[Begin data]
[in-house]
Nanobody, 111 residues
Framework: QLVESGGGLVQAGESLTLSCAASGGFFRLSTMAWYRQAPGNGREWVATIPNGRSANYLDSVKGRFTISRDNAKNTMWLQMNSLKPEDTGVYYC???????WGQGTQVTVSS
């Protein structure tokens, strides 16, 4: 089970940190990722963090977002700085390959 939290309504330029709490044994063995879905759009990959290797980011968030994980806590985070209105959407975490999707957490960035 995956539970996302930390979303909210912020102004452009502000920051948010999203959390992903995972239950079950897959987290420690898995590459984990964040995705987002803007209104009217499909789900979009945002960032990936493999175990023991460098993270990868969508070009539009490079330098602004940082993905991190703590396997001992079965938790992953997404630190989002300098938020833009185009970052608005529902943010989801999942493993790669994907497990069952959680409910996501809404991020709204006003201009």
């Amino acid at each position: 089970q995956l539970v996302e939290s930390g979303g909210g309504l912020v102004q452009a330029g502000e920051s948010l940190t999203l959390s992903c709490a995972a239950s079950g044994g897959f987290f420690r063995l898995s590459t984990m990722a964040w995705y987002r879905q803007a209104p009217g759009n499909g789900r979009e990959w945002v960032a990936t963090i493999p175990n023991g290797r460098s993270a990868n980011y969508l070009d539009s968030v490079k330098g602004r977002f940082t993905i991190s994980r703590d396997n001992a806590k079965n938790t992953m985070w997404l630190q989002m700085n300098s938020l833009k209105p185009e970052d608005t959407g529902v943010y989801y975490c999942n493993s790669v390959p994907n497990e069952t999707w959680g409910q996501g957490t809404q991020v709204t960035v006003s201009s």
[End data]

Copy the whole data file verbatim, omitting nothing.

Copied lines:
[in-house]
Nanobody, 111 residues
Framework: QLVESGGGLVQAGESLTLSCAASGGFFRLSTMAWYRQAPGNGREWVATIPNGRSANYLDSVKGRFTISRDNAKNTMWLQMNSLKPEDTGVYYC???????WGQGTQVTVSS
């Protein structure tokens, strides 16, 4: 089970940190990722963090977002700085390959 939290309504330029709490044994063995879905759009990959290797980011968030994980806590985070209105959407975490999707957490960035 995956539970996302930390979303909210912020102004452009502000920051948010999203959390992903995972239950079950897959987290420690898995590459984990964040995705987002803007209104009217499909789900979009945002960032990936493999175990023991460098993270990868969508070009539009490079330098602004940082993905991190703590396997001992079965938790992953997404630190989002300098938020833009185009970052608005529902943010989801999942493993790669994907497990069952959680409910996501809404991020709204006003201009």
């Amino acid at each position: 089970q995956l539970v996302e939290s930390g979303g909210g309504l912020v102004q452009a330029g502000e920051s948010l940190t999203l959390s992903c709490a995972a239950s079950g044994g897959f987290f420690r063995l898995s590459t984990m990722a964040w995705y987002r879905q803007a209104p009217g759009n499909g789900r979009e990959w945002v960032a990936t963090i493999p175990n023991g290797r460098s993270a990868n980011y969508l070009d539009s968030v490079k330098g602004r977002f940082t993905i991190s994980r703590d396997n001992a806590k079965n938790t992953m985070w997404l630190q989002m700085n300098s938020l833009k209105p185009e970052d608005t959407g529902v943010y989801y975490c999942n493993s790669v390959p994907n497990e069952t999707w959680g409910q996501g957490t809404q991020v709204t960035v006003s201009s």